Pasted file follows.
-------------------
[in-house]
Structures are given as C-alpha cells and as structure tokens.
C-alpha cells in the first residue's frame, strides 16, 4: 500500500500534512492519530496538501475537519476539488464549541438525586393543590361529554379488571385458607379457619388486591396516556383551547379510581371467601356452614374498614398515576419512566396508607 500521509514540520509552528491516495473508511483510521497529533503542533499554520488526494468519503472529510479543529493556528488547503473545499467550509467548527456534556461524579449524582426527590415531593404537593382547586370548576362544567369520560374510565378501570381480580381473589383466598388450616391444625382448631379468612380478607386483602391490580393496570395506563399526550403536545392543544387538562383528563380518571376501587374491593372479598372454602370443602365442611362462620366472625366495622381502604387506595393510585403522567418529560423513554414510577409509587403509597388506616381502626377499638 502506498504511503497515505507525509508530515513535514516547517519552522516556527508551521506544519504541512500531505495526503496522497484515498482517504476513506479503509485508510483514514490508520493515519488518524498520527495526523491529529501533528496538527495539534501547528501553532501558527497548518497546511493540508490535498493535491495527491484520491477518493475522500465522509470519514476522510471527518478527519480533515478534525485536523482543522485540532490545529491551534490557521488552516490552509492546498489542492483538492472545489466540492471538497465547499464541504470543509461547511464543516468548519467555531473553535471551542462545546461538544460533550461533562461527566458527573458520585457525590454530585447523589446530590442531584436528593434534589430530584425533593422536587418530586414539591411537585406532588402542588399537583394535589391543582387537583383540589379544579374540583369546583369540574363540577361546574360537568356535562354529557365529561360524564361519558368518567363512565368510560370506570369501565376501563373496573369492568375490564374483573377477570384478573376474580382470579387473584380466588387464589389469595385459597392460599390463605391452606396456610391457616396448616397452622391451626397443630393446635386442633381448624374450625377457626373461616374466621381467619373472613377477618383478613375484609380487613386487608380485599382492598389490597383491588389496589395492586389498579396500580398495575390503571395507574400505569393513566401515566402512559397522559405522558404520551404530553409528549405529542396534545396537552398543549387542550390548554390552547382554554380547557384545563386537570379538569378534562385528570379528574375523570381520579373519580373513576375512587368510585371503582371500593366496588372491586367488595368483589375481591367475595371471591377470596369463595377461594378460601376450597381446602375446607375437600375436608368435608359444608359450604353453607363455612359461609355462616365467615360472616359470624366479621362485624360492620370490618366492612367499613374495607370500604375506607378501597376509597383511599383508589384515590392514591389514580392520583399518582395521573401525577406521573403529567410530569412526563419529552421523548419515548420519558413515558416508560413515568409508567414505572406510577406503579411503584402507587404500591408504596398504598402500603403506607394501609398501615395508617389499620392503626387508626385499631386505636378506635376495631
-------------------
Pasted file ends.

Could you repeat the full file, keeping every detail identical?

[in-house]
Structures are given as C-alpha cells and as structure tokens.
C-alpha cells in the first residue's frame, strides 16, 4: 500500500500534512492519530496538501475537519476539488464549541438525586393543590361529554379488571385458607379457619388486591396516556383551547379510581371467601356452614374498614398515576419512566396508607 500521509514540520509552528491516495473508511483510521497529533503542533499554520488526494468519503472529510479543529493556528488547503473545499467550509467548527456534556461524579449524582426527590415531593404537593382547586370548576362544567369520560374510565378501570381480580381473589383466598388450616391444625382448631379468612380478607386483602391490580393496570395506563399526550403536545392543544387538562383528563380518571376501587374491593372479598372454602370443602365442611362462620366472625366495622381502604387506595393510585403522567418529560423513554414510577409509587403509597388506616381502626377499638 502506498504511503497515505507525509508530515513535514516547517519552522516556527508551521506544519504541512500531505495526503496522497484515498482517504476513506479503509485508510483514514490508520493515519488518524498520527495526523491529529501533528496538527495539534501547528501553532501558527497548518497546511493540508490535498493535491495527491484520491477518493475522500465522509470519514476522510471527518478527519480533515478534525485536523482543522485540532490545529491551534490557521488552516490552509492546498489542492483538492472545489466540492471538497465547499464541504470543509461547511464543516468548519467555531473553535471551542462545546461538544460533550461533562461527566458527573458520585457525590454530585447523589446530590442531584436528593434534589430530584425533593422536587418530586414539591411537585406532588402542588399537583394535589391543582387537583383540589379544579374540583369546583369540574363540577361546574360537568356535562354529557365529561360524564361519558368518567363512565368510560370506570369501565376501563373496573369492568375490564374483573377477570384478573376474580382470579387473584380466588387464589389469595385459597392460599390463605391452606396456610391457616396448616397452622391451626397443630393446635386442633381448624374450625377457626373461616374466621381467619373472613377477618383478613375484609380487613386487608380485599382492598389490597383491588389496589395492586389498579396500580398495575390503571395507574400505569393513566401515566402512559397522559405522558404520551404530553409528549405529542396534545396537552398543549387542550390548554390552547382554554380547557384545563386537570379538569378534562385528570379528574375523570381520579373519580373513576375512587368510585371503582371500593366496588372491586367488595368483589375481591367475595371471591377470596369463595377461594378460601376450597381446602375446607375437600375436608368435608359444608359450604353453607363455612359461609355462616365467615360472616359470624366479621362485624360492620370490618366492612367499613374495607370500604375506607378501597376509597383511599383508589384515590392514591389514580392520583399518582395521573401525577406521573403529567410530569412526563419529552421523548419515548420519558413515558416508560413515568409508567414505572406510577406503579411503584402507587404500591408504596398504598402500603403506607394501609398501615395508617389499620392503626387508626385499631386505636378506635376495631